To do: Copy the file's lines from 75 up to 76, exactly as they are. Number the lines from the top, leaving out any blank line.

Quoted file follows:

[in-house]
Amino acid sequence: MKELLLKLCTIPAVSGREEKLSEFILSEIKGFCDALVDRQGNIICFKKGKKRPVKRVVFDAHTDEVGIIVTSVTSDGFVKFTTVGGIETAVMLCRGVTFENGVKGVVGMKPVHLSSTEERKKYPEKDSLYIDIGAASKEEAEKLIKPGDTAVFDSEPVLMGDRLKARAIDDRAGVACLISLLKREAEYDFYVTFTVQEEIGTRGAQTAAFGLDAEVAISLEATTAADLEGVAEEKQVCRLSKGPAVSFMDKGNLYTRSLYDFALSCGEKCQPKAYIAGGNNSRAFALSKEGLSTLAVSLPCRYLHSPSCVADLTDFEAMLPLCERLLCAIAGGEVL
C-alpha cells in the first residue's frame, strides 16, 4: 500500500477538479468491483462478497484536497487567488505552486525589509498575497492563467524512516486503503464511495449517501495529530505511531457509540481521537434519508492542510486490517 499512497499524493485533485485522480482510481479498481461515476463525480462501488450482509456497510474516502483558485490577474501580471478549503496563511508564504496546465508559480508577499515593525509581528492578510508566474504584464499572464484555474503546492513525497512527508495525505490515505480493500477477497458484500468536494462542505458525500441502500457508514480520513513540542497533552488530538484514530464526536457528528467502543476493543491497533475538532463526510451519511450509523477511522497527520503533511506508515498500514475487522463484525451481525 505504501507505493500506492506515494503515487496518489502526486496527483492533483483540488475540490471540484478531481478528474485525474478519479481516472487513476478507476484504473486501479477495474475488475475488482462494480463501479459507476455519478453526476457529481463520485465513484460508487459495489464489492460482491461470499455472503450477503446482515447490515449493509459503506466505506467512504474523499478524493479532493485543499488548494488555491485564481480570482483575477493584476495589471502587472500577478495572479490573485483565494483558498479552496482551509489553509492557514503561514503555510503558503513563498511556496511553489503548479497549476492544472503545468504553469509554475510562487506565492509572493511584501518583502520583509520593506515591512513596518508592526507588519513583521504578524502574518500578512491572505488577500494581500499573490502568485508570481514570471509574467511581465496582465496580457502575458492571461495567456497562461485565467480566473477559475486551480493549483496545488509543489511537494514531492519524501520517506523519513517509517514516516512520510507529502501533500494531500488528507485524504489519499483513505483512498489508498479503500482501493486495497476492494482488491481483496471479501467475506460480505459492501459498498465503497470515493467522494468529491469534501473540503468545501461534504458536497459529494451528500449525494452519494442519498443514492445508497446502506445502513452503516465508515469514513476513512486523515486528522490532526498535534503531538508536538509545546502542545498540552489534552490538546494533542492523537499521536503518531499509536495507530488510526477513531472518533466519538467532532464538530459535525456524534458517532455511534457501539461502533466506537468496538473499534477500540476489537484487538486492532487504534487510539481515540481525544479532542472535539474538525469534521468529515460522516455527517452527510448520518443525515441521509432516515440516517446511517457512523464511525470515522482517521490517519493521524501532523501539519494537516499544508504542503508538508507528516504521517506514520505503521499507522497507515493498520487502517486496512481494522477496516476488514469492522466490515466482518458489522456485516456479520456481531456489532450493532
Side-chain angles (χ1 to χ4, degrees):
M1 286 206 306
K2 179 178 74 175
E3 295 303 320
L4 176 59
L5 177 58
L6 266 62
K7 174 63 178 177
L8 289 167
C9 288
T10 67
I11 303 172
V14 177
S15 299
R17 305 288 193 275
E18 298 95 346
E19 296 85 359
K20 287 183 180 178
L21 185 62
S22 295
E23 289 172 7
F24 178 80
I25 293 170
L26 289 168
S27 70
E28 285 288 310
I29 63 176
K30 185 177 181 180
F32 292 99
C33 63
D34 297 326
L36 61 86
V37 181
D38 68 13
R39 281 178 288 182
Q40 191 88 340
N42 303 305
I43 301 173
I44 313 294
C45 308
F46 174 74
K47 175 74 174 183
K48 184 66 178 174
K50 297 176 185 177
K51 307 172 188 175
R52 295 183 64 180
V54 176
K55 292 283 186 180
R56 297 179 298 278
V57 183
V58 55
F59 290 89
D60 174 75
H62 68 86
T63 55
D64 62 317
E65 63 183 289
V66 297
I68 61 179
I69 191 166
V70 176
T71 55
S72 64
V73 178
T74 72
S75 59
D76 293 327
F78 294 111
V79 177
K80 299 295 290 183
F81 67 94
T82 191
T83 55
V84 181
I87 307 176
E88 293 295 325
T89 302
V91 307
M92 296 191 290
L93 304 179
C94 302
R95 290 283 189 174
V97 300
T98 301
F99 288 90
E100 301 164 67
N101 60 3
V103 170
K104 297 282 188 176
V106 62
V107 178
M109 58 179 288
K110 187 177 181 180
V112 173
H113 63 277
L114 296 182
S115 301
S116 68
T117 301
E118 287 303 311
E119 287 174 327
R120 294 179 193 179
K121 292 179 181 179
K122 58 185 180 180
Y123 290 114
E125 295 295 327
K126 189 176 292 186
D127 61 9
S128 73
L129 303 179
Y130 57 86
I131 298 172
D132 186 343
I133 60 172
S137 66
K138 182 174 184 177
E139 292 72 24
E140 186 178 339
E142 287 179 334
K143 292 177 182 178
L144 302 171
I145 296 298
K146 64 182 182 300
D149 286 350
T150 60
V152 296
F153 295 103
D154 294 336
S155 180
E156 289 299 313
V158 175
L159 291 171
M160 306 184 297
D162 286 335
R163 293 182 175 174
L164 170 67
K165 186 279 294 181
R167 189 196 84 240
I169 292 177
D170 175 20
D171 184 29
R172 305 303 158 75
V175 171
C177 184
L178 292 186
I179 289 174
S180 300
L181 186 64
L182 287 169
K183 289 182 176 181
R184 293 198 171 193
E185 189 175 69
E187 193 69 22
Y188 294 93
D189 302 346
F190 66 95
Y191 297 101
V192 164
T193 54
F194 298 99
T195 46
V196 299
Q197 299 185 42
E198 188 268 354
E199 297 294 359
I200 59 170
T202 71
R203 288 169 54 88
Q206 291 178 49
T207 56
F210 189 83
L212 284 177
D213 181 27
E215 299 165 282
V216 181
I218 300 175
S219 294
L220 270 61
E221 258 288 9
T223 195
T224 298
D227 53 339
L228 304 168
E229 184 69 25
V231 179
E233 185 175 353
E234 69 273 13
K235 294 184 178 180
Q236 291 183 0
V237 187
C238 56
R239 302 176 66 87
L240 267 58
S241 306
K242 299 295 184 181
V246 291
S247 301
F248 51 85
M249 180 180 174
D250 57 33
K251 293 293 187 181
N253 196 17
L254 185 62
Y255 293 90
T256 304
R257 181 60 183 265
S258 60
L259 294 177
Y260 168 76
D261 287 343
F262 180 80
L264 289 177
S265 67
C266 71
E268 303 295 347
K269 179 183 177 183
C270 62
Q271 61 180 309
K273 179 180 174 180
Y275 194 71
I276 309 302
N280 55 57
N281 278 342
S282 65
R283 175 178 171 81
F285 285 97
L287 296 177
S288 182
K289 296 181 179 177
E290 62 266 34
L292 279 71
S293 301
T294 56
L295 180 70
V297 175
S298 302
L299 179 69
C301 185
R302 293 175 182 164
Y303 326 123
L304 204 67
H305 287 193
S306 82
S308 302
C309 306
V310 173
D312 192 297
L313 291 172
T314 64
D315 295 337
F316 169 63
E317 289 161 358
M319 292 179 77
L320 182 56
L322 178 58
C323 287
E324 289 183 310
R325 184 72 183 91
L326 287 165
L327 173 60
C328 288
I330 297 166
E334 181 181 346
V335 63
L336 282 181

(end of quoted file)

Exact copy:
T82 191
T83 55